The wildflowers were just spectacular when we were there. Old whitebark pine were dotting the landscape just before we reached the treeline. Something we were less happy about where the clouds of nasty mosquitoes attacking us all the way. I’m sure glad I was wearing long pants.
Far in the distance, the middle of nowhere, we saw the Lodge where we parked the car, a piece carved out into the wilderness.
Walking across these rocks was when I started to doubt my hiking abilities. Something just wasn’t quite right. In all my hiking years I never remember that something like this could have scared me. My nice hiking friends waited for me and helped me along. I suddenly realize that my new prescription eye glasses were the problem. Without wearing them on the way back, the boulders and rocks were easy to conquer.
The trail was somewhat less obvious once we passed the rock field. Before getting to the lake, we had some magnificent views of the Monashee Mountains.
We passed a small pond before Mirror Lake came into our view.
Mirror Lake, so different from what I expected to find, but so unique. A crystal clear lake surrounded by rocks and boulders. Tsuius Mountain was now fully visible and we could see the route up to the summit swinging northwest along a level bench to a pass.
Tsiuius Mountain was standing all by itself, covered with snow patches. Looking up to the right we could guess where Sunrise Lake had to be. The sun disappeared for a while which gave the landscape a grey look on the picture.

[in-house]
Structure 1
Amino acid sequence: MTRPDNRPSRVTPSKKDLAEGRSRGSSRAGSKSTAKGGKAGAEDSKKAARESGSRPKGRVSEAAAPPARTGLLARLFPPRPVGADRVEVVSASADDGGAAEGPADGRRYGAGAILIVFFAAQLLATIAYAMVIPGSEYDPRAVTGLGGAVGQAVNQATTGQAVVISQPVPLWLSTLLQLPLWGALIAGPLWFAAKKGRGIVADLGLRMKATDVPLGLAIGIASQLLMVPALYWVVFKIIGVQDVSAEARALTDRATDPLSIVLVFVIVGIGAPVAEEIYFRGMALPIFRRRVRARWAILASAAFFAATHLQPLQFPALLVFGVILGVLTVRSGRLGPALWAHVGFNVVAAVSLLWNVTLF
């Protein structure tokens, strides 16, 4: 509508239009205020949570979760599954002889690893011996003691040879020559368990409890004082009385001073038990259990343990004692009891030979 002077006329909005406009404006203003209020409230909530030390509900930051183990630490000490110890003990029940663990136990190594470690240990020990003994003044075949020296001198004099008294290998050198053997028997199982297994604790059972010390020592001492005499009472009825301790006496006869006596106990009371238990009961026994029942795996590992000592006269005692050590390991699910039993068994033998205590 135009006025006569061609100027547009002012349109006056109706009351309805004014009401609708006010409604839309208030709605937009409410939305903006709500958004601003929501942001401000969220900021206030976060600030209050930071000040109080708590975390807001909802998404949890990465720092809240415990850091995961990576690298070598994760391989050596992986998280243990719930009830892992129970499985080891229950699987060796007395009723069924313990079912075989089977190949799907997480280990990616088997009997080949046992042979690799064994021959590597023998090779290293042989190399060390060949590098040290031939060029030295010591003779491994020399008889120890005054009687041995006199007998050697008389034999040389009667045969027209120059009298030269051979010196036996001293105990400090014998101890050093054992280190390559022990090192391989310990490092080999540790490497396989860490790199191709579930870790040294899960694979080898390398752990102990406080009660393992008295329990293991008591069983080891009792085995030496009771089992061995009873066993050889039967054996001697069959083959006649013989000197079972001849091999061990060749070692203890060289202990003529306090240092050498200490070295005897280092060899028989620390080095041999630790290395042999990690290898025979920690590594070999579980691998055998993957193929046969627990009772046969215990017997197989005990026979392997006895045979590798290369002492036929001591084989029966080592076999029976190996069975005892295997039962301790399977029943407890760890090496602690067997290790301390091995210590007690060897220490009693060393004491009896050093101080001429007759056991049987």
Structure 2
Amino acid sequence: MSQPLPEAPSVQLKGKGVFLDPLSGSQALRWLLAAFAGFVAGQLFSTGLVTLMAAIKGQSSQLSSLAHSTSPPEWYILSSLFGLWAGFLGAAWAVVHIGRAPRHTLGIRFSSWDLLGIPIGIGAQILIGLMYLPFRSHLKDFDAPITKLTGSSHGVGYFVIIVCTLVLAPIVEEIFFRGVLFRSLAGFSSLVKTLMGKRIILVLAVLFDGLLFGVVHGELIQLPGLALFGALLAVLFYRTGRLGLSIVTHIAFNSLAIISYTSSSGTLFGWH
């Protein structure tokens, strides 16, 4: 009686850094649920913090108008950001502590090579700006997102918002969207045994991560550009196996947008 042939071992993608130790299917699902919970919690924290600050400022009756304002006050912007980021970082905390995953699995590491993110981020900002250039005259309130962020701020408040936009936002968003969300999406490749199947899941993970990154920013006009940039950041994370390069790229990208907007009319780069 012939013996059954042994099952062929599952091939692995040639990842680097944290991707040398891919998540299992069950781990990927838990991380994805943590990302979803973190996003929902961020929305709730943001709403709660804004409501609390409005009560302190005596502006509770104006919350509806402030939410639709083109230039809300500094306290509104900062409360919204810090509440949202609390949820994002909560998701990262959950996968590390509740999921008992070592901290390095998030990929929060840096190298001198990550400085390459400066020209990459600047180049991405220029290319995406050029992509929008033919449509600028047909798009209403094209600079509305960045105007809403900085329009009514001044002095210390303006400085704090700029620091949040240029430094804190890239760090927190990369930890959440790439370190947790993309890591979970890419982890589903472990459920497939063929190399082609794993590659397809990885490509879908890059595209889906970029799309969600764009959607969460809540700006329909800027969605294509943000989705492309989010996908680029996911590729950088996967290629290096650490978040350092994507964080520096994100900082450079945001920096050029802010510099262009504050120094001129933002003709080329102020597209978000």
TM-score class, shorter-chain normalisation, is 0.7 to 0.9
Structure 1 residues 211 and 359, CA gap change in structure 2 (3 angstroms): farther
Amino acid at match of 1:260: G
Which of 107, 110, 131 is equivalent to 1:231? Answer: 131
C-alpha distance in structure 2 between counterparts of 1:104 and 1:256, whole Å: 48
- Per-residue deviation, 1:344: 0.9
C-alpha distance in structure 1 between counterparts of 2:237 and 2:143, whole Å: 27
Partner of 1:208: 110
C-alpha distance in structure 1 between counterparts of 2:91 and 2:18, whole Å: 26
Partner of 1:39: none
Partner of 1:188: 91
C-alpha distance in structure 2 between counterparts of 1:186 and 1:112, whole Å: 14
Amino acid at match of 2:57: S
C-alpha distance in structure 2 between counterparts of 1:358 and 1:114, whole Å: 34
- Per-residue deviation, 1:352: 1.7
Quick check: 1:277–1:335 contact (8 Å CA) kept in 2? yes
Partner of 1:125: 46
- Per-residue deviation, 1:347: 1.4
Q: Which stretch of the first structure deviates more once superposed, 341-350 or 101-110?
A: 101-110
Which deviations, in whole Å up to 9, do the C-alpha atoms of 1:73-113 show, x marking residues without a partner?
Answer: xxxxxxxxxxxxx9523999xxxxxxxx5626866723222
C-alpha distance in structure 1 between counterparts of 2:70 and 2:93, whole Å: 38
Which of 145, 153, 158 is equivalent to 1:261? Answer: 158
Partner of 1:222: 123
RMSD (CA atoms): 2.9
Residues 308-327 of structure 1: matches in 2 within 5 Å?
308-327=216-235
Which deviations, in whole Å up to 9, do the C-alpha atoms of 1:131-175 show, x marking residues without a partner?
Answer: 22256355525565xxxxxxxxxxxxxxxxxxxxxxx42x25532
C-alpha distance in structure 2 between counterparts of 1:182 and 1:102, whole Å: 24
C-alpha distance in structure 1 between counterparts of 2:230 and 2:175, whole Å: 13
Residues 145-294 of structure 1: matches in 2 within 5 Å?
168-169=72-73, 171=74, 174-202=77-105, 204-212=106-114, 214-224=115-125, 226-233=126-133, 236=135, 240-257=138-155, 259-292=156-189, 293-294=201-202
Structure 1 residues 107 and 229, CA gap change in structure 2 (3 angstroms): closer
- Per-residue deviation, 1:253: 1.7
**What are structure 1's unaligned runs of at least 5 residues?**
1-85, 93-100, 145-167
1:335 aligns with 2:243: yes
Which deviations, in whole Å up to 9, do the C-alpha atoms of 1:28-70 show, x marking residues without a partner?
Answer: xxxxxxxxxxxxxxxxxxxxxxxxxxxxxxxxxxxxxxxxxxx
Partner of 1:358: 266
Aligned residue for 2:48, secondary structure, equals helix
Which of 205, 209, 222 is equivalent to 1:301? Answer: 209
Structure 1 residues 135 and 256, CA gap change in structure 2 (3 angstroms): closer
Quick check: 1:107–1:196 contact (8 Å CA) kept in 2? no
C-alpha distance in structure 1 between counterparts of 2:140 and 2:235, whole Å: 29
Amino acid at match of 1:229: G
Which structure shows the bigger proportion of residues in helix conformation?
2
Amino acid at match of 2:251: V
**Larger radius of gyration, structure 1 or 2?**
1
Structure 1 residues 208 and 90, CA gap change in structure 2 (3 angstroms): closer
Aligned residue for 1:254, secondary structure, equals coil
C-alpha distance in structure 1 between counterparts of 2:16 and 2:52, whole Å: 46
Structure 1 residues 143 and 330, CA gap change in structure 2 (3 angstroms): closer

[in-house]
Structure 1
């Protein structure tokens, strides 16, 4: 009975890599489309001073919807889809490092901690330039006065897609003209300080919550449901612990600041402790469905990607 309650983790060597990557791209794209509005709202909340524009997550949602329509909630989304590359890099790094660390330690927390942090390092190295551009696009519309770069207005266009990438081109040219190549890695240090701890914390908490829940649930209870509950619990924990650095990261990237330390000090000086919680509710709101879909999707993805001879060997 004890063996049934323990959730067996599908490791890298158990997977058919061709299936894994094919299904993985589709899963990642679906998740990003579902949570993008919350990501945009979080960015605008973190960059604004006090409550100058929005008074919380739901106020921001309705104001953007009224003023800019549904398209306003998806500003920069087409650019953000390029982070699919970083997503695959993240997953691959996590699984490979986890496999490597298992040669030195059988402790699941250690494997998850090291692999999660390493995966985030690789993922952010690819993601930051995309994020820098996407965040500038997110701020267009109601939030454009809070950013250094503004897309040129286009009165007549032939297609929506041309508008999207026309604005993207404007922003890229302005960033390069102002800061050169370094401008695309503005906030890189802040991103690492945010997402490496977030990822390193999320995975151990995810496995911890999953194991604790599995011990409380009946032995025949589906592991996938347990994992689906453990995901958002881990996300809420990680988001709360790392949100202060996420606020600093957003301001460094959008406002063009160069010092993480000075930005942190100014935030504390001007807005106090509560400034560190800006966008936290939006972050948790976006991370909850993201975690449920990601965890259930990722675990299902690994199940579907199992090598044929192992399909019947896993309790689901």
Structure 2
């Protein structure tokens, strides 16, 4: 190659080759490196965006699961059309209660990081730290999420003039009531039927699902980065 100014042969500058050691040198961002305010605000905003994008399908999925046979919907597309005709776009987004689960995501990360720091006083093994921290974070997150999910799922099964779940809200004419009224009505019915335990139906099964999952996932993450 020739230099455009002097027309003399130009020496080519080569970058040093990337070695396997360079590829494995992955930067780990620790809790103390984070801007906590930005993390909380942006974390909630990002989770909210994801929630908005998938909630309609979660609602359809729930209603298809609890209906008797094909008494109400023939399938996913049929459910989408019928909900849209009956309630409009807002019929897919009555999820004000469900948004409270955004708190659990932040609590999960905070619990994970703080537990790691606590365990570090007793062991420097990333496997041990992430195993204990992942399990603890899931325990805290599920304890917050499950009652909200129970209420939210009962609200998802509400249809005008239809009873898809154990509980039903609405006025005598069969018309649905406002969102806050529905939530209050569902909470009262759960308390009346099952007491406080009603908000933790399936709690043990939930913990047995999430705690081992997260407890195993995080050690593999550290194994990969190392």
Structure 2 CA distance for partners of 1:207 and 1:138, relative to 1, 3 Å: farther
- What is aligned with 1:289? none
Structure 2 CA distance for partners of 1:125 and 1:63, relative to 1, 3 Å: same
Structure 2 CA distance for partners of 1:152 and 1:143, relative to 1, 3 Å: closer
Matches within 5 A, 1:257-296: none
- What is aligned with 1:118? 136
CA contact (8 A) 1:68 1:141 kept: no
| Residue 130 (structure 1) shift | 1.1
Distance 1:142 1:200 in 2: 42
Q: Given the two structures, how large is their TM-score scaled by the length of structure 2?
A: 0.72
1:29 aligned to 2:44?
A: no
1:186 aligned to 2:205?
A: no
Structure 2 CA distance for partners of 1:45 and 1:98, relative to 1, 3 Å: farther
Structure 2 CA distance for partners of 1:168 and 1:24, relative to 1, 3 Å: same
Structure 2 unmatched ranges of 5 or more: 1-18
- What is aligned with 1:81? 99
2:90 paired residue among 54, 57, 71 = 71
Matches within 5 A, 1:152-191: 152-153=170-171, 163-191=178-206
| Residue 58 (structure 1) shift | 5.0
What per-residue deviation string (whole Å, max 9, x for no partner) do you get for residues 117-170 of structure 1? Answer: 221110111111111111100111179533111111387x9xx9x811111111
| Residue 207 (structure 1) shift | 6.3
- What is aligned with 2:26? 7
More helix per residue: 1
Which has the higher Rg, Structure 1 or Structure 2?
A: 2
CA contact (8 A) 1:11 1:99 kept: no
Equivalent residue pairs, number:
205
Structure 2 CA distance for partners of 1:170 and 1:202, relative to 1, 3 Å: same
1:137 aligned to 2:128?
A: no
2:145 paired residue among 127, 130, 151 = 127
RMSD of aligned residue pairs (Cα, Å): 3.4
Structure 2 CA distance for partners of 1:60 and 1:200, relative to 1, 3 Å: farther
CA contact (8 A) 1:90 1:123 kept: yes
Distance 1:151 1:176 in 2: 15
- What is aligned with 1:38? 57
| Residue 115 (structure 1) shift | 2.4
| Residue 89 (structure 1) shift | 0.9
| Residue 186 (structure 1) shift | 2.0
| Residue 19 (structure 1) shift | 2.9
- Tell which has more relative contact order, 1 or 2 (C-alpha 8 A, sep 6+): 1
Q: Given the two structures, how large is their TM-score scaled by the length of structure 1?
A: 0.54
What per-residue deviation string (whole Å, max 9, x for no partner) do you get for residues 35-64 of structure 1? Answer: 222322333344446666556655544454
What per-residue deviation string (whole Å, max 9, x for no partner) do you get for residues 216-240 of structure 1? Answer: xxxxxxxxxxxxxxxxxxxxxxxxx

We explored the area around the lake and had our well-deserved lunch. The bugs didn’t leave us alone for a second.
It would have been too late in the day to hike up to Tsuius Mountain. Knowing that my Swedish hiking friends will be back in Canada next summer, maybe we will return and hike to the Tsuius summit, and maybe hike out north to Joss Mountain, or South and explore from there.
On the hike down along white flowered azalea bushes we stopped a few times to capture some pictures. The bugs didn’t leave us alone for a second until we escaped in our vehicle for the long drive home.
Detour to Greenbush Lake
I’ve never been to Greenbush lake before, but I knew that it was only another few km further along Sugar Lake Road. Seeing it from a long distance away driving town from the lodge, Mikael decided to drive to it. Greenbush lake is a beautiful green coloured small lake surrounded by forest. Greenbush Lake Protected Area was established to protect important grizzly bear and mountain caribou habitat.
We walked through old growth forest down to the lake and marvelled at the old cedar, hemlock, spruce and sub-alpine fir.
The area offers recreation opportunities including fishing, backcountry skiing, and heliskiing. It’s also a great place to just appreciate nature and marvel at the beauty of it.
We came across Curwin Road sign on the way home. This would be a shortcut back to the Mabel Lake Valley area, according to the backcountry map.
It was too late in the day to explore it. It’s on the To-Do list for next year when we head out to the mountains again.